Company directors have a range of duties and responsibilities when it comes to representing and promoting their company. A recent court case serves as a useful reminder that directors must not act dishonestly and that, by turning a blind eye to dishonest conduct by a third party, a director may leave themselves open to a claim for fraudulent trading.
The case in question is Pantiles Investments Ltd & Anor v Winckler , heard in the High Court in England earlier this year. The liquidator of a company brought the claim for fraudulent trading with the intent to defraud creditors, as well as for breach of a director’s fiduciary duties.
Pantiles Investments Ltd had been set up by Sabine Winckler to purchase a property owned and occupied by Peter Goldbart, a friend and employer of Ms Winckler. She was the sole shareholder and director. Pantiles purchased the property in February 2011 using a variety of loans, some of which came from parties and entities with connections to Mr Goldbart. He entered into a tenancy agreement with the company and lived in the property with his family.
In October 2011, Mr Goldbart was declared bankrupt. The property was then sold to a third party less than a year later for £899,000. Following a petition from HMRC, Pantiles was wound up in August 2015. The liquidator took the view that the company had been set up to defraud Mr Goldbart’s creditors and brought a claim against Ms Winckler for fraudulent trading under section 213 of the Insolvency Act 1986. This was on the basis that she was “knowingly a party to the carrying on of the business of [Pantiles] with the intent to defraud the creditors of Goldbart”.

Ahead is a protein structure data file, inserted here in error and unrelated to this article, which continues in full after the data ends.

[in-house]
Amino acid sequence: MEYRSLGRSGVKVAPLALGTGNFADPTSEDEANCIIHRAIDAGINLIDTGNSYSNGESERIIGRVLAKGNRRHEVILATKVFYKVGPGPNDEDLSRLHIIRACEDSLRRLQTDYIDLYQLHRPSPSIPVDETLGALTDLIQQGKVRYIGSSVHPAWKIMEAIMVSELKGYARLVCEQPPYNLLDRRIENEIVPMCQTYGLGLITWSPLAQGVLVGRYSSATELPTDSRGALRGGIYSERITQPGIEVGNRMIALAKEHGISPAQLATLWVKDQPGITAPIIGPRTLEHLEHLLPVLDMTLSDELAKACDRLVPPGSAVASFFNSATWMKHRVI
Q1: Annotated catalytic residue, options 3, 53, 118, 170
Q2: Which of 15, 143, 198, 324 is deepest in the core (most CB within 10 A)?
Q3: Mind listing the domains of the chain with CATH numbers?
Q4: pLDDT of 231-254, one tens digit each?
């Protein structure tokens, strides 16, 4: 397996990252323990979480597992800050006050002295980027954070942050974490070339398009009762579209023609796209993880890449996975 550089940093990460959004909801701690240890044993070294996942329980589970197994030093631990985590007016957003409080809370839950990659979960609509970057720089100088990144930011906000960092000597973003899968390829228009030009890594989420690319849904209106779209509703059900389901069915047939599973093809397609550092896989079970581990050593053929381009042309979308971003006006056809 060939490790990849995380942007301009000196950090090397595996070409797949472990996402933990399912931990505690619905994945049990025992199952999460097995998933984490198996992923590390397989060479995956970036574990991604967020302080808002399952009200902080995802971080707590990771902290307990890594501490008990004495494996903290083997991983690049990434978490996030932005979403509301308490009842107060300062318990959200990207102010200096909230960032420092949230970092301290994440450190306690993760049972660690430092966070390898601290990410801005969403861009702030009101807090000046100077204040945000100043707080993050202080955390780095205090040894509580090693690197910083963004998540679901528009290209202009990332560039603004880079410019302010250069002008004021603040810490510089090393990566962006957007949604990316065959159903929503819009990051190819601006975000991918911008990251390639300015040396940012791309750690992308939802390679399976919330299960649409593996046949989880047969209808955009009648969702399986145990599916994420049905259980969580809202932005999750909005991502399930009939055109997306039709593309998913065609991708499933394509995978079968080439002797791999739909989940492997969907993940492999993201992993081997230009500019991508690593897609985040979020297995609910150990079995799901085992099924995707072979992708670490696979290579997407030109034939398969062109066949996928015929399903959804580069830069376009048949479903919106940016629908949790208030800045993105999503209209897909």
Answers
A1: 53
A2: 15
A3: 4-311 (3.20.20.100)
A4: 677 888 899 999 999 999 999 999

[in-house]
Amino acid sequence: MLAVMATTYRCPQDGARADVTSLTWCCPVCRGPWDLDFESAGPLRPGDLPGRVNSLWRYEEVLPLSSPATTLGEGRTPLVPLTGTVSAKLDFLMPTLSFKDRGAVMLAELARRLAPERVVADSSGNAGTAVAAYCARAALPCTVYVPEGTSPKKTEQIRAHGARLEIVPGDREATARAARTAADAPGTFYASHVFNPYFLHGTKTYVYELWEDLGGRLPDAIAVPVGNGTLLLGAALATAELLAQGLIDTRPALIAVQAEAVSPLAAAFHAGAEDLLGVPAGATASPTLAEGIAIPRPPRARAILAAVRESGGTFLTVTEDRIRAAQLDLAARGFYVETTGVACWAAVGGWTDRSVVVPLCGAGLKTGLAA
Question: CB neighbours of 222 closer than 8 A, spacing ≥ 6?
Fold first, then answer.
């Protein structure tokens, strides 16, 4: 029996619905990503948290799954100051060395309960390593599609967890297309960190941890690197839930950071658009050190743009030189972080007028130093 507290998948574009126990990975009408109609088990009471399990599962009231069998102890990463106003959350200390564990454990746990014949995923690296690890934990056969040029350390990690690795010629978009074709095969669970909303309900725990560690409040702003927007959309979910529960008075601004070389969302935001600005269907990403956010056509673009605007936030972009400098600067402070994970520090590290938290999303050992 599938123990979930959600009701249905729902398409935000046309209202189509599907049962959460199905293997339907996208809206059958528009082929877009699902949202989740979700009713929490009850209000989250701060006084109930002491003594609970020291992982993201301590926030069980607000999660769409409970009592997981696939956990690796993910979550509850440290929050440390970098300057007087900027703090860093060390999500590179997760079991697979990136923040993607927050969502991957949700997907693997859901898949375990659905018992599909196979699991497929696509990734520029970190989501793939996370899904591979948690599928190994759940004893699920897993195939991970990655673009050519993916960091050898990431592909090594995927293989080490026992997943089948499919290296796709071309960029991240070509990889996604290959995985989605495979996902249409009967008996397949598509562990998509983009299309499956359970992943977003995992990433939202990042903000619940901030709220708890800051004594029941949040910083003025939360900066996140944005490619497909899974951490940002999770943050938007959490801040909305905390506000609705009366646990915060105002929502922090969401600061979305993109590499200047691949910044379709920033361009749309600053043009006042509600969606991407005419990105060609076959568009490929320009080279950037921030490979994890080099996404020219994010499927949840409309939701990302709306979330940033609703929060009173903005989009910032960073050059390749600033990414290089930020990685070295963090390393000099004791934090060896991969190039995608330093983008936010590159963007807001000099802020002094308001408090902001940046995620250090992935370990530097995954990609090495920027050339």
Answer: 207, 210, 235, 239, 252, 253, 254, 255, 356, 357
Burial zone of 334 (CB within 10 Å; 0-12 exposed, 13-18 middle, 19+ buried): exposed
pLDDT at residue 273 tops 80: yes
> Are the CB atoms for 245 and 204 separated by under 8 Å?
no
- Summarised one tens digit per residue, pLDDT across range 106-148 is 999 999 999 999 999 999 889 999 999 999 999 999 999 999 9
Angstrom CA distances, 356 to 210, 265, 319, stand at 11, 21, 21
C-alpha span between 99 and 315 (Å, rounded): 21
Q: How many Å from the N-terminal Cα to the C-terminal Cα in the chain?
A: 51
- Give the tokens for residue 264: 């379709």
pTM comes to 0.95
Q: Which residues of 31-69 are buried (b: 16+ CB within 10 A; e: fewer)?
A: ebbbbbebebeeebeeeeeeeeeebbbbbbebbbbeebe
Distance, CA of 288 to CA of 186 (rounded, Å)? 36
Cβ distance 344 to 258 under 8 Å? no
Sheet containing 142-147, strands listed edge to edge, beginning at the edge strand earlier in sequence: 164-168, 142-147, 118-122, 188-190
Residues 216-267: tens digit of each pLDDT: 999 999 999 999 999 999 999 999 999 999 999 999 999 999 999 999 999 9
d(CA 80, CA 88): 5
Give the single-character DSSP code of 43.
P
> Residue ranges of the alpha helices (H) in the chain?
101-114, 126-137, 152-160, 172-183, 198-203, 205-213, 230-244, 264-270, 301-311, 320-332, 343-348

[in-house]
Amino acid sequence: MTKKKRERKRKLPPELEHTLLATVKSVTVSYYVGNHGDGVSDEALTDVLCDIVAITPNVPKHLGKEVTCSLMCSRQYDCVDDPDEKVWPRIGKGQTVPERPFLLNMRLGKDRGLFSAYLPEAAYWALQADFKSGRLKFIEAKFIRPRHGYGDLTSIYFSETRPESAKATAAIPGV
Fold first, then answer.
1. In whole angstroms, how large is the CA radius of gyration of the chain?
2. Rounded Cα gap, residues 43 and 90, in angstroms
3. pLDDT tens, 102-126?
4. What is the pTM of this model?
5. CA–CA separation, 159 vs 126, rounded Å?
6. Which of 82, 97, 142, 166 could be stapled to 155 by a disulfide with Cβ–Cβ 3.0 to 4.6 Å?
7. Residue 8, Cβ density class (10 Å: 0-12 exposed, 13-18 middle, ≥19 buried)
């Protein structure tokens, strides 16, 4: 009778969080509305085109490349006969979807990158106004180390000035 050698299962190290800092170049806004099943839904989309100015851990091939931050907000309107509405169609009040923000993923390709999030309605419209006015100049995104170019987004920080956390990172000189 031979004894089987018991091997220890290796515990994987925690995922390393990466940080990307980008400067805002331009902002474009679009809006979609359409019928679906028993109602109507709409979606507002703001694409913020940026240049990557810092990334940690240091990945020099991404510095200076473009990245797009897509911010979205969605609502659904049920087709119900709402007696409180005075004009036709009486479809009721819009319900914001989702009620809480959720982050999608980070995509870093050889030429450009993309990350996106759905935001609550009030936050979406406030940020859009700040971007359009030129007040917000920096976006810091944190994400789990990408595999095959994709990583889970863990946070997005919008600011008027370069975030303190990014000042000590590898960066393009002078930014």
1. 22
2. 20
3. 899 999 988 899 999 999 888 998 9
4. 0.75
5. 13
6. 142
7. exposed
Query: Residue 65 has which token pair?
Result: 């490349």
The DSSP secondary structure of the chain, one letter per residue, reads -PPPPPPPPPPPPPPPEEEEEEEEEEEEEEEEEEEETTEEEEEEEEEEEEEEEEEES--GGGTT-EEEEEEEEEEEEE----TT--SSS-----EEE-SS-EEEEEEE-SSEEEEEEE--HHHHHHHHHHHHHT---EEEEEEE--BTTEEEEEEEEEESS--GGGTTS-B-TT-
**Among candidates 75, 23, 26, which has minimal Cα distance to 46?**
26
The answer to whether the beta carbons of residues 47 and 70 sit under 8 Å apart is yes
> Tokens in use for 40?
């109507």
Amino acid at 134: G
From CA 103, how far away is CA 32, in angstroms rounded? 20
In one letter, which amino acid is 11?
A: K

Ms Winkler claimed that she was not knowingly a party and had been duped by Mr Goldbart. She said she had intended to purchase the property herself for retirement income but, having failed to obtain a mortgage, agreed to his suggestion that the company be set up for the purchase. She claimed to not know about Mr Goldbart’s impending bankruptcy, only discovering this after the transaction was completed. However, the court heard that Ms Winckler effectively acted on his instructions, including those not to cooperate with his trustee in bankruptcy. There was also no evidence that money had been received from one of the companies supposedly lending money for the purchase.
It was held that the test for knowledge of fraudulent trading, set out in the case of Morris v Bank of India , was satisfied. Within its requirements, the test states that:
The court found that Ms Winckler’s explanations regarding the transaction were improbable and she was a knowing party to Mr Goldbart’s attempts to conceal his property and the proceeds of its sale from his creditors. As a result, she was guilty of fraudulent trading within the meaning of section 213 of the Act.
If you have been accused of fraudulent trading, speak to one of our Fraud Defence Solicitors immediately by calling 0808 168 5813 or complete our online enquiry form.